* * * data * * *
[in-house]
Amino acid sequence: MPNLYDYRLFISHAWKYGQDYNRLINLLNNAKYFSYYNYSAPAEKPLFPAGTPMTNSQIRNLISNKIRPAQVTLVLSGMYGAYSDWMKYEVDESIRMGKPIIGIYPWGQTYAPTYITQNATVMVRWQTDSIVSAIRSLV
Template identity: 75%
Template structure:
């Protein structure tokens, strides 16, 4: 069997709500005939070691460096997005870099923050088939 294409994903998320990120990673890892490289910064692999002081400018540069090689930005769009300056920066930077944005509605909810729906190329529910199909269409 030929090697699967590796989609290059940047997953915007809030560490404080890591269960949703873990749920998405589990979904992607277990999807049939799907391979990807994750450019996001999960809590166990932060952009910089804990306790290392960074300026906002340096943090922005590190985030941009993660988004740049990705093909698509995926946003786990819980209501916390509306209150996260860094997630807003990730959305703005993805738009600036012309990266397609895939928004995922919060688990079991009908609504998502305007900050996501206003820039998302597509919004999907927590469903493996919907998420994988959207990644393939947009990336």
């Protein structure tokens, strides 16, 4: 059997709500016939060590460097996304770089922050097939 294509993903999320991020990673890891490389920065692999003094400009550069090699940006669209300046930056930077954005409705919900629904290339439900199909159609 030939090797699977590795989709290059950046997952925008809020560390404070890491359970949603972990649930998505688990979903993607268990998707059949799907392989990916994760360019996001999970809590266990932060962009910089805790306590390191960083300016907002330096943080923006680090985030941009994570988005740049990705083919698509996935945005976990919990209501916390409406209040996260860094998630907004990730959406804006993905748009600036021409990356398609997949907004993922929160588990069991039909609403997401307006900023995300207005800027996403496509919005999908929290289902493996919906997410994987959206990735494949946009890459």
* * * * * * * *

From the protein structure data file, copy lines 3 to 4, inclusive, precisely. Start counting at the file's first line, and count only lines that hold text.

Template identity: 75%
Template structure: